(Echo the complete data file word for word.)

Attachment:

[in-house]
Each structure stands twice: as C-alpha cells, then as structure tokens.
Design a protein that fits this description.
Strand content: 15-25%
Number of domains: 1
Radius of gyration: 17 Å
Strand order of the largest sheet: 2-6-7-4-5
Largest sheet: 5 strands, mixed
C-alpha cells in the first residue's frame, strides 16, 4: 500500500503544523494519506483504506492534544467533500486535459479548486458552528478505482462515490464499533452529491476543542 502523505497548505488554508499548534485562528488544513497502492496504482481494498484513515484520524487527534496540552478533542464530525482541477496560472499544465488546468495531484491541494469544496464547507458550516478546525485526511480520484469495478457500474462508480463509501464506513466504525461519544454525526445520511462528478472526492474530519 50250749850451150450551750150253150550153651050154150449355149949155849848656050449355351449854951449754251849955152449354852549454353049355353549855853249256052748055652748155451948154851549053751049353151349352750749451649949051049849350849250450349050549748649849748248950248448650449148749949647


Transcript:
[in-house]
Each structure stands twice: as C-alpha cells, then as structure tokens.
Design a protein that fits this description.
Strand content: 15-25%
Number of domains: 1
Radius of gyration: 17 Å
Strand order of the largest sheet: 2-6-7-4-5
Largest sheet: 5 strands, mixed
C-alpha cells in the first residue's frame, strides 16, 4: 500500500503544523494519506483504506492534544467533500486535459479548486458552528478505482462515490464499533452529491476543542 502523505497548505488554508499548534485562528488544513497502492496504482481494498484513515484520524487527534496540552478533542464530525482541477496560472499544465488546468495531484491541494469544496464547507458550516478546525485526511480520484469495478457500474462508480463509501464506513466504525461519544454525526445520511462528478472526492474530519 50250749850451150450551750150253150550153651050154150449355149949155849848656050449355351449854951449754251849955152449354852549454353049355353549855853249256052748055652748155451948154851549053751049353151349352750749451649949051049849350849250450349050549748649849748248950248448650449148749949647